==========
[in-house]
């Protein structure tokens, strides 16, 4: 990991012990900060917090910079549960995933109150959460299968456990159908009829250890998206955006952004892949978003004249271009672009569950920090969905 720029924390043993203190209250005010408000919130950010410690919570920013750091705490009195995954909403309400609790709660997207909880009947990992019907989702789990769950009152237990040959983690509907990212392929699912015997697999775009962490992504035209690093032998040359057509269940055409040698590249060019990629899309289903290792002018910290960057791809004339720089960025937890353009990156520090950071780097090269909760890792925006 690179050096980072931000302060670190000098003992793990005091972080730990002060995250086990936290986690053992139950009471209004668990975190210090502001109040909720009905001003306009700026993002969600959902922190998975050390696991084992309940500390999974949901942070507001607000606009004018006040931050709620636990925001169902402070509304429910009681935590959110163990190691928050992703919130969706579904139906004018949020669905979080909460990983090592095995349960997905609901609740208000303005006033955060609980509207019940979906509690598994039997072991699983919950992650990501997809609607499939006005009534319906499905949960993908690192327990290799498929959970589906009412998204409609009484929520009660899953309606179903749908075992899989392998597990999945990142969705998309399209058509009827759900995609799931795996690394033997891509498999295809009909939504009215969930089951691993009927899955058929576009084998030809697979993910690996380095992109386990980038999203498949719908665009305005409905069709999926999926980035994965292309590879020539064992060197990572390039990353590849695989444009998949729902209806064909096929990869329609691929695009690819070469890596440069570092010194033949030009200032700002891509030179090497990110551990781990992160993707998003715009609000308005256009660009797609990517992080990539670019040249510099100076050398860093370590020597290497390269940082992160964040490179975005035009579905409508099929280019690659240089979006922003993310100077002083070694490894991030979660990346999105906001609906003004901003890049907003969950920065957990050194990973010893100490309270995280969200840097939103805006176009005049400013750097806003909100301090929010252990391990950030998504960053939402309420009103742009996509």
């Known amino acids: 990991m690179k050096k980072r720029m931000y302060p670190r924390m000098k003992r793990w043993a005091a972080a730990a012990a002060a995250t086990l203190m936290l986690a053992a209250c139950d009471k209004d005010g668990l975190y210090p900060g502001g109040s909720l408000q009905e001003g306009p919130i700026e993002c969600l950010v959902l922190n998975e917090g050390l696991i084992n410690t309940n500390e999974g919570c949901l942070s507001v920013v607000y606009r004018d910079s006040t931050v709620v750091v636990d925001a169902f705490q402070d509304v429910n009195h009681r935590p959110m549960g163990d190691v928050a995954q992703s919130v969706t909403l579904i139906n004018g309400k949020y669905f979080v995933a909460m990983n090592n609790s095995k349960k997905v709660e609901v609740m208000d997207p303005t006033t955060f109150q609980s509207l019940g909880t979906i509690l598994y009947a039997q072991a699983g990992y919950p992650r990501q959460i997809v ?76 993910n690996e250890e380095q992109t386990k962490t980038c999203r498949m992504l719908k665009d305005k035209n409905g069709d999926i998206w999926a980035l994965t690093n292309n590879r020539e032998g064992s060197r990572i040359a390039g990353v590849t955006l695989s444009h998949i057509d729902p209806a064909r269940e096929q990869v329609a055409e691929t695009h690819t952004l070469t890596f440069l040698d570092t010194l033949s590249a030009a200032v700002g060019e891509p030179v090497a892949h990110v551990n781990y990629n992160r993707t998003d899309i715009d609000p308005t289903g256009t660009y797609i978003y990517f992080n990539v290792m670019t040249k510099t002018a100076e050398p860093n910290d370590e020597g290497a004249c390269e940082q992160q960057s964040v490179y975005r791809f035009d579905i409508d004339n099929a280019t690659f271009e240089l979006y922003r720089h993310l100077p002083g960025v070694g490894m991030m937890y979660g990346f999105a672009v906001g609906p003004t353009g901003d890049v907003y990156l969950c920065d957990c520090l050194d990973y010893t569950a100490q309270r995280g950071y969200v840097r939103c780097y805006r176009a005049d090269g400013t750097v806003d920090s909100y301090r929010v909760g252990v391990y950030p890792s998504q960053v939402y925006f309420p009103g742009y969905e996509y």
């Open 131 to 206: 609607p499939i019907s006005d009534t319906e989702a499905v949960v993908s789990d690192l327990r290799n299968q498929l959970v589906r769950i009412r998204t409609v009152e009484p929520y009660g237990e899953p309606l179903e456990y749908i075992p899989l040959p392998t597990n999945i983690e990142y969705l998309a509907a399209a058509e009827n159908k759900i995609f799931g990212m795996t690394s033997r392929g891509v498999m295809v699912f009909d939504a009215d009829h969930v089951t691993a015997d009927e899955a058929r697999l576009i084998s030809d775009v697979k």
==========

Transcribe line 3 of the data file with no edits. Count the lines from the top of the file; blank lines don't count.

């Known amino acids: 990991m690179k050096k980072r720029m931000y302060p670190r924390m000098k003992r793990w043993a005091a972080a730990a012990a002060a995250t086990l203190m936290l986690a053992a209250c139950d009471k209004d005010g668990l975190y210090p900060g502001g109040s909720l408000q009905e001003g306009p919130i700026e993002c969600l950010v959902l922190n998975e917090g050390l696991i084992n410690t309940n500390e999974g919570c949901l942070s507001v920013v607000y606009r004018d910079s006040t931050v709620v750091v636990d925001a169902f705490q402070d509304v429910n009195h009681r935590p959110m549960g163990d190691v928050a995954q992703s919130v969706t909403l579904i139906n004018g309400k949020y669905f979080v995933a909460m990983n090592n609790s095995k349960k997905v709660e609901v609740m208000d997207p303005t006033t955060f109150q609980s509207l019940g909880t979906i509690l598994y009947a039997q072991a699983g990992y919950p992650r990501q959460i997809v ?76 993910n690996e250890e380095q992109t386990k962490t980038c999203r498949m992504l719908k665009d305005k035209n409905g069709d999926i998206w999926a980035l994965t690093n292309n590879r020539e032998g064992s060197r990572i040359a390039g990353v590849t955006l695989s444009h998949i057509d729902p209806a064909r269940e096929q990869v329609a055409e691929t695009h690819t952004l070469t890596f440069l040698d570092t010194l033949s590249a030009a200032v700002g060019e891509p030179v090497a892949h990110v551990n781990y990629n992160r993707t998003d899309i715009d609000p308005t289903g256009t660009y797609i978003y990517f992080n990539v290792m670019t040249k510099t002018a100076e050398p860093n910290d370590e020597g290497a004249c390269e940082q992160q960057s964040v490179y975005r791809f035009d579905i409508d004339n099929a280019t690659f271009e240089l979006y922003r720089h993310l100077p002083g960025v070694g490894m991030m937890y979660g990346f999105a672009v906001g609906p003004t353009g901003d890049v907003y990156l969950c920065d957990c520090l050194d990973y010893t569950a100490q309270r995280g950071y969200v840097r939103c780097y805006r176009a005049d090269g400013t750097v806003d920090s909100y301090r929010v909760g252990v391990y950030p890792s998504q960053v939402y925006f309420p009103g742009y969905e996509y």